On the east of the island, there’s no getting away from the snowcapped shape of Sicily’s very active volcano, Mount Etna. Decide for the half-day jeep-and-walking ‘Etna trip’ (EUR60/ ₤ 55 per person), which provides a fascinating introduction to the rumbling giant.
There’s a meaty theme to dining establishment Dai Pennisi (by means of Umberto 9; 00 39 0965 64316 0;-RRB- in Linguaglossa, which calls itself a’ butcher’s with kitchen area ‘. Because 1960 the delightful Pennisi family has been a neighbourhood purveyor of some exceptional in your area produced meats. Now, they serve mouth watering steaks and the type of hamburgers that put anything else marketed under that label to shame. Etna Rosso wine has actually begun apace in recent
years, making itself the name’ the Burgundy of Italy’. Explore its volcanic appeals with well-informed American sommelier Benjamin Spenser of the Etna White wine School who leads winery sees and tastings but will also bring his Etna master classes to customers ‘hotels or rental vacation homes. LATE If anybody’s still standing after the afternoon’s white wine experience, head into Taormina and splash out on a Bellini mixed drink on the terrace of classy Belmond Grand Hotel Timeo (Via Teatro Greco; 00 39 0942 62702 00)– gents, wear that linen suit for the complete impact. Afterwards, head to Tischi Toschi( Vico Cuscona-Paladini; 00 39 339 36420 88), which serves genuine island meals such as caponata( a sort of Sicilian ratatouille) and pasta con le sarde (with sardines, wild fennel and raisins). Tischi Toschi, Sicily has plenty of unexpected delights, like the nearly entirely untouristic, historical town of Gangi in the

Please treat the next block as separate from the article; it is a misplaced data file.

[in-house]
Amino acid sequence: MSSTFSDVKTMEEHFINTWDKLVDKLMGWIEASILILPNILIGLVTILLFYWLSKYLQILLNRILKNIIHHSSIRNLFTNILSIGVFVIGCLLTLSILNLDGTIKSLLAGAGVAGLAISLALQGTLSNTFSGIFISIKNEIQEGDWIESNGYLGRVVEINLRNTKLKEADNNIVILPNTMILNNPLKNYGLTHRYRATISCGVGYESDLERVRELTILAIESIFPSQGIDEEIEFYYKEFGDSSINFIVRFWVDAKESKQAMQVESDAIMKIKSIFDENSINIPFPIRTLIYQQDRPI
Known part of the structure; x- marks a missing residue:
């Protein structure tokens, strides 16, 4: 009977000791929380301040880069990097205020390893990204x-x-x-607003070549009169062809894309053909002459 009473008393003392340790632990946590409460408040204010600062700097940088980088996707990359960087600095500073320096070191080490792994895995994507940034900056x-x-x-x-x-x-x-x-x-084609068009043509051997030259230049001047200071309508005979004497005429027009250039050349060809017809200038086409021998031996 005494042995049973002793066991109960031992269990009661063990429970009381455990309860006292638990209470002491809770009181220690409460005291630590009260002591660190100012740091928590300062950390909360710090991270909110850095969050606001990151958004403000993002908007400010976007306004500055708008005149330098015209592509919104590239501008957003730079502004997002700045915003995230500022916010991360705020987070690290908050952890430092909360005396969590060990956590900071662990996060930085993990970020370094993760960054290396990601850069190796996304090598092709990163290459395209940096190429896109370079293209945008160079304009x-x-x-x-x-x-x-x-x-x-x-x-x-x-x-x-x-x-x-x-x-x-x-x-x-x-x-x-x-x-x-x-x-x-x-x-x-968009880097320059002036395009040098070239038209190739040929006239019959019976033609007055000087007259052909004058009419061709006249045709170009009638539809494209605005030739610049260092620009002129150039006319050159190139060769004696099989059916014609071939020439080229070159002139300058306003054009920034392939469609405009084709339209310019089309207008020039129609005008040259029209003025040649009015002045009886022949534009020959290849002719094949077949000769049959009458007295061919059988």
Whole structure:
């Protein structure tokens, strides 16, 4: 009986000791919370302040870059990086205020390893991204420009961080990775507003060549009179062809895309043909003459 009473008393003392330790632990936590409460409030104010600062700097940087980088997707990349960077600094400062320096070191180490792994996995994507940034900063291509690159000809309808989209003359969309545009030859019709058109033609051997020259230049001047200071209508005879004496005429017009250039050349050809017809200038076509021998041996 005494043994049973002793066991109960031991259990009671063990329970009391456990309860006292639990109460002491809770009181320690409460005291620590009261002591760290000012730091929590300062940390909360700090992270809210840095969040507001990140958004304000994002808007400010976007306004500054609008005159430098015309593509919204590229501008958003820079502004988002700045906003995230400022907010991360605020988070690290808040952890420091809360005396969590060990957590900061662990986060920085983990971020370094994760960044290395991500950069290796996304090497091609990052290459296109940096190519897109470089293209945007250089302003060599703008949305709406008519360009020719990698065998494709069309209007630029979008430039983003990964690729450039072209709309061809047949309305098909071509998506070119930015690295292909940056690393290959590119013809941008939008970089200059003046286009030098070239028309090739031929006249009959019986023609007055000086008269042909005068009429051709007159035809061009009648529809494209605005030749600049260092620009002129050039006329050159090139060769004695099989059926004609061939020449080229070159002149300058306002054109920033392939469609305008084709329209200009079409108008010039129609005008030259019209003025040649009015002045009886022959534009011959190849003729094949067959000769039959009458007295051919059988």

Madonie hills, about 80km south of Palermo. After a look at the macabre mummified priests in the crypt of the church of San Nicolò, walk through the lanes to Pasticceria Mantegna (by means of Giuseppe Fedele Vitale 120) to sample owner Natale Mantegna’s famous cucchie( almond and dried fruit pastries). Day 2 EARLY MORNING The archeological site of Selinunte (piazzale I B Marconi 1, Frazione Marinella di Selinunte; 00 39 338 78327 05 )– a Greek city toppled by Carthage in
409BC– inhabits an extraordinary area on the south-western coast. The tumbled ruins( the only standing temple is a restoration )are best gone to with a guide: book one of the highly qualified art, archaeology and history specialists from island-wide network Passage to Sicily( 00 39 340 30798 19 ). If you’re feeling daring, look for the badly sign-posted Cave di Cusa (via Ugo Bassi 35, Campobello di Mazara) 11km north-east of Selinunte. This was the city’s abruptly abandoned quarry, where part-hewn and sculpted column areas stand in a romantic flower-strewn landscape. AFTERNOON For lunch, indulge in some well prepared seafood at the super-friendly Ristorante Boomerang( Piazza delle Metope; 00 39 335 65637 51) in Marinella di Selinunte: the menu consists of whatever came off the fishing boat that early morning. The beach in the nature reserve of Foce del Belice, east
of Selinunte, is a marvel– kilometres of golden sand and azure water. There are few beach bars, and no ranks of umbrellas and deckchairs. The further you’re prepared to stroll along the coast, the fewer people you’ll come across. LATE Close-by Sciacca is a lively port town with a marvelous Baroque centro storico. The evening passeggiata brings the entire town out into the main drag. Dine at the exceptional Hostaria del Vicolo( Vicolo Sammaritano 10; 00 39 0925 230 71), where you can attempt Grandma’s sardine soup; taglietelle with red mullet, roe, saffron, fennel and pinenuts; or cod au gratin with purée of Jerusalem artichokes. End up with a superlative lemon granita at the Bar Roma( piazza della Dogana 12 ).